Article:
Places in Maldives

Top events in Maldives

July
01

Huravee Day pays tribute to Sultan Hassan Izzudin, who freed the Maldives from South Indian invaders. Join in the traditional cultural...

July
26

The Maldives celebrates its independence from Britain in 1965 with street parades and dances in Male.

Beach huts in the Maldives
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Beach huts in the Maldives

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Maldives Travel Guide

Key Facts
Area

298 sq km (115 sq miles).

Population

393,988 (2013).

Population density

1,322.1 per sq km.

Capital

Malé.

Government

Republic. Gained independence from the UK in 1965.

Head of state

President Abdulla Yameen since 2013.

Head of government

President Abdulla Yameen since 2013.

Electricity

230 volts AC, 50Hz. Round-pin plugs are used, although square-pin plugs are now becoming more common.

The Maldives is a by-word for luxury, romance and tropical bliss; a beautiful string of low-lying coral islands in the Indian Ocean, and a paradise for diving enthusiasts and sun seekers alike.

The country's 26 natural atolls and over 1000 islands have uniformly perfect white sand beaches lapped by turquoise lagoons the temperature of bath water. Tourism only began in the 1970s, but it is now the Maldives’ most important industry. Tourism in the Maldives concentrates on the luxury market, meaning that the country is home to some of the world’s best hotels.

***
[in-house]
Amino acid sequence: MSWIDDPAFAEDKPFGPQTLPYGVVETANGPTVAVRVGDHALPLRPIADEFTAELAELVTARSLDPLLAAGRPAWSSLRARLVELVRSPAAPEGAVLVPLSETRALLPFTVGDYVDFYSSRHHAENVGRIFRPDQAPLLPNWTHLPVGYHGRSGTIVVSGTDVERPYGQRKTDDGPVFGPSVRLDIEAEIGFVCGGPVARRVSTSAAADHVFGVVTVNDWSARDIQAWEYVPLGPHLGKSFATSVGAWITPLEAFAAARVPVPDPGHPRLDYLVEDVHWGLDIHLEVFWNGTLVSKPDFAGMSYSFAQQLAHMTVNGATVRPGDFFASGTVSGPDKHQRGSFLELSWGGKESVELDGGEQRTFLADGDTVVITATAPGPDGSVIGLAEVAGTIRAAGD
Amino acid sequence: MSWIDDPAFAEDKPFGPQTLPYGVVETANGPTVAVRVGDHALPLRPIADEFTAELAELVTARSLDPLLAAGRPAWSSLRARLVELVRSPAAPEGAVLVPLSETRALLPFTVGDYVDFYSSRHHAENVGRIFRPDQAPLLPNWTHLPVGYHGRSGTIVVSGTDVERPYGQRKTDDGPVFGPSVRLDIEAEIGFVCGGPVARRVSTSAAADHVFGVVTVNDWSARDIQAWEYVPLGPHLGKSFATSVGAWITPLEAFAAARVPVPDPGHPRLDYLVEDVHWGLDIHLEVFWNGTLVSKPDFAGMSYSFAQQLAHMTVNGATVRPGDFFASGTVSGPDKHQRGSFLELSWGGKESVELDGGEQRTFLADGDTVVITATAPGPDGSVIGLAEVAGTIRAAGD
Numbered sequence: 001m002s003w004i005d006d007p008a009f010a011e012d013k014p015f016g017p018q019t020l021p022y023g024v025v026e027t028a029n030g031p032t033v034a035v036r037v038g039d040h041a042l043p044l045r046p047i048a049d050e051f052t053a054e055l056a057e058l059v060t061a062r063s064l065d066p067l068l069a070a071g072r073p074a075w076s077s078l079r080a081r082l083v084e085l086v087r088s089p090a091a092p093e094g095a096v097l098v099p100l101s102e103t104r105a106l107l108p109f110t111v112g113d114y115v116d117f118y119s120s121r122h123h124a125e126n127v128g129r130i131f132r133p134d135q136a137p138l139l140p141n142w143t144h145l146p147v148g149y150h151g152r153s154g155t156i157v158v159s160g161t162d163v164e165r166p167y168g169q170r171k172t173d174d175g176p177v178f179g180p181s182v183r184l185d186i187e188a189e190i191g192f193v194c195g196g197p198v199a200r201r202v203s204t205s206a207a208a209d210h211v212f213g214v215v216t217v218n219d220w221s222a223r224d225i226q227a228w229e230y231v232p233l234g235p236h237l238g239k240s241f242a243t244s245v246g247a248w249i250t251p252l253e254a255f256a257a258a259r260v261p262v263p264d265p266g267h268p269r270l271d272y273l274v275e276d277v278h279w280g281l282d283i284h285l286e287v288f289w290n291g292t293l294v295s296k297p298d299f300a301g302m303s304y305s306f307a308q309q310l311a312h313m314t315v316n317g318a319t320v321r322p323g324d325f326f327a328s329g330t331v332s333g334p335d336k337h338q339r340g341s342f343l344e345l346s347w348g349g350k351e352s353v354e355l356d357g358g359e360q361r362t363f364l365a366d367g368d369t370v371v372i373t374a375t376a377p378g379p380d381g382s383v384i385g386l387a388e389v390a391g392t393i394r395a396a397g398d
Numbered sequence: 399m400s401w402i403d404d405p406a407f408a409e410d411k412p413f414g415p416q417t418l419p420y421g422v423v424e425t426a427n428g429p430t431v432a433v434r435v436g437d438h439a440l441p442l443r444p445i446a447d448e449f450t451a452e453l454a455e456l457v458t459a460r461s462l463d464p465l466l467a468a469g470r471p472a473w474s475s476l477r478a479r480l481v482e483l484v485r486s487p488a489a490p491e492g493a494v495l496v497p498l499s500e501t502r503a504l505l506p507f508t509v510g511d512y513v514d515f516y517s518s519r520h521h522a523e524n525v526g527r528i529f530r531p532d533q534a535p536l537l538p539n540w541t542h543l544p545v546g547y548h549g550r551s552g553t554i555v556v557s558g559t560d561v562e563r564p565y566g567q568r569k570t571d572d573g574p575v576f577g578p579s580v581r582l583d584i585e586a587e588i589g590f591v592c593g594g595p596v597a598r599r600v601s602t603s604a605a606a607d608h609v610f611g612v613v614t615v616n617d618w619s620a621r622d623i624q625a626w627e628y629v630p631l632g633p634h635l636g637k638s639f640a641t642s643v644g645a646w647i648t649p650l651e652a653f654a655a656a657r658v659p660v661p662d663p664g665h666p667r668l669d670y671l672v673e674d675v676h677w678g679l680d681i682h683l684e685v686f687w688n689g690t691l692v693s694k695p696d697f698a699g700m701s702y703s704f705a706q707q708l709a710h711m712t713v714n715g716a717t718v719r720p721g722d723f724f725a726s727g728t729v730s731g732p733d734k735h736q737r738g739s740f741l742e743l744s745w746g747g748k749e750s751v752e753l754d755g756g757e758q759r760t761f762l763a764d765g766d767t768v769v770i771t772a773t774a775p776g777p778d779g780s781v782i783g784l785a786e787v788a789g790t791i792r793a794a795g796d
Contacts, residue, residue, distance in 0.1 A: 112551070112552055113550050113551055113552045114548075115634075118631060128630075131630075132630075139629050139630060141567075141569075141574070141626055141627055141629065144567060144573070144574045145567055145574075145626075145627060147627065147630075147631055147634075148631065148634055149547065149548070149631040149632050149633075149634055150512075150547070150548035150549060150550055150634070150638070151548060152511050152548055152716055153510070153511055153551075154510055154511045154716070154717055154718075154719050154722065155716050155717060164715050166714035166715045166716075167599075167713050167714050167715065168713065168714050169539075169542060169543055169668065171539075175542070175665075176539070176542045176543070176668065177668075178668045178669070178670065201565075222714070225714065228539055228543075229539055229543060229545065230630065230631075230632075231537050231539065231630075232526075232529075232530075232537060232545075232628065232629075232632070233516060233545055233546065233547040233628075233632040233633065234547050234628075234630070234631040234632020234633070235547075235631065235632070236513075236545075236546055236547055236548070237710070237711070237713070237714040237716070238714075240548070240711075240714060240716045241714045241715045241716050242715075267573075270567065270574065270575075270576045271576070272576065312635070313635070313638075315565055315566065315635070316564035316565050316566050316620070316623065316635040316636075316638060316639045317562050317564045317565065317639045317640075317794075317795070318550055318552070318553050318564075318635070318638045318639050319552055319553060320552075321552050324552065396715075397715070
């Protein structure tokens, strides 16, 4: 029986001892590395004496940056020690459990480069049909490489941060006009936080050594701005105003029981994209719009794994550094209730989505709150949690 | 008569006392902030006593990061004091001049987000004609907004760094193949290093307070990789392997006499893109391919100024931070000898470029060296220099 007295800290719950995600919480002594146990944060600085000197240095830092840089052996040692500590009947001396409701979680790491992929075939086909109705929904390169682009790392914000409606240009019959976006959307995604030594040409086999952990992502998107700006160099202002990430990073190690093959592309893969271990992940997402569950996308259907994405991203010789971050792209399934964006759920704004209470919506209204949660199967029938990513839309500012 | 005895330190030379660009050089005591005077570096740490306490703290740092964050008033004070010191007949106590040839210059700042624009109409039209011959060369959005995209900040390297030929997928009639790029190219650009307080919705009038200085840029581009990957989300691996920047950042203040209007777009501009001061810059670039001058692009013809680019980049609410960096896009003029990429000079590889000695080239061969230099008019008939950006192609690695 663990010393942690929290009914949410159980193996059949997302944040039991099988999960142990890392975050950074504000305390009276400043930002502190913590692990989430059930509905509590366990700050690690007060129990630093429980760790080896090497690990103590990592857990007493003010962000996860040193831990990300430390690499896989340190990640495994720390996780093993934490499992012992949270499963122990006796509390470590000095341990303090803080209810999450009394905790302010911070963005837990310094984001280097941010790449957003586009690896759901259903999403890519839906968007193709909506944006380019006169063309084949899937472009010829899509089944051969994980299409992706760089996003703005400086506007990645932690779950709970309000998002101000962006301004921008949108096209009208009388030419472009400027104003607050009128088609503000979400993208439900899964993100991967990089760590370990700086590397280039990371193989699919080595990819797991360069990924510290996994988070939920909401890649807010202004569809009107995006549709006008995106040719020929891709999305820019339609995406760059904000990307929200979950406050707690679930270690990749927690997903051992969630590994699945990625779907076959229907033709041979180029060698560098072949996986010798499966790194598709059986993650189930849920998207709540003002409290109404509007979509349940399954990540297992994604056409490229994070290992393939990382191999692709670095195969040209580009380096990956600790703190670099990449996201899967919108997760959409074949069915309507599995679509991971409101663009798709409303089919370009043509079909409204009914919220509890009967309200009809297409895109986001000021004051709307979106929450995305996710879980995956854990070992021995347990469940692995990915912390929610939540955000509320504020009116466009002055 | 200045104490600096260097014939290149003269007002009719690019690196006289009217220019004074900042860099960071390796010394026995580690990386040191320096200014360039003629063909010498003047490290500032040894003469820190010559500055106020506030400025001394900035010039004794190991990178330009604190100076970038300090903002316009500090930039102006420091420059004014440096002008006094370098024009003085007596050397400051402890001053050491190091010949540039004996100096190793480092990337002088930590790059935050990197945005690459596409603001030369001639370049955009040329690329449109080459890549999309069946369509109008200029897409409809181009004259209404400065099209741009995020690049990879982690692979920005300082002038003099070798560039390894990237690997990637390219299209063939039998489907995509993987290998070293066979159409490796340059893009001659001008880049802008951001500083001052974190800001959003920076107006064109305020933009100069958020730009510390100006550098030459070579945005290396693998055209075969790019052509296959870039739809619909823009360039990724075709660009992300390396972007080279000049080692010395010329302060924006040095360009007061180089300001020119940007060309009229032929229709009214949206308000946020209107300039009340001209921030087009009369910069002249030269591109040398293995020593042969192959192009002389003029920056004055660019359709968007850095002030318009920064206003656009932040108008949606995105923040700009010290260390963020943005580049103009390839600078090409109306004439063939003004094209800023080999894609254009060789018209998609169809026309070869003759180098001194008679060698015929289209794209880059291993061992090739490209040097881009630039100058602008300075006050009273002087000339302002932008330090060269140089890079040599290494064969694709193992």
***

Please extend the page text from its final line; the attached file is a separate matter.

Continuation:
Yet even in paradise trouble can bubble beneath the surface. It is precisely because the Maldives is so low-lying (80% of the territory is less than 1m/3.3ft above sea level) that their very existence is threatened by global warming. As such, since the 2008 election of young reformer Mohamed Nasheed, the Maldives have worked hard to become one of the most environmentally friendly countries on earth, and continue to do so under new president Mohammed Waheed Hassan.

Travel Advice

Last updated: 15 April 2014

The travel advice summary below is provided by the Foreign and Commonwealth Office in the UK. 'We' refers to the Foreign and Commonwealth Office. For their full travel advice, visit www.gov.uk/foreign-travel-advice.

Protests and demonstrations are not uncommon, especially in the capital Malé. You should take care, seek up to date information, and keep away from any demonstrations. Previous demonstrations have led to violence and arrests.

There is no British Embassy or Consulate in Maldives. If you need consular assistance you should contact the British High Commission in Sri Lanka. An honorary consul in the capital, Malé, can liaise with the British High Commission in Sri Lanka in emergencies.

There is a general threat from terrorism.

Most visits to Maldives are trouble free. The most common problems faced by visiting British nationals are lost and stolen passports, and swimming and diving related accidents.

Petty crime occurs. Take care of your valuables and other personal possessions.

Edited by Jane Duru
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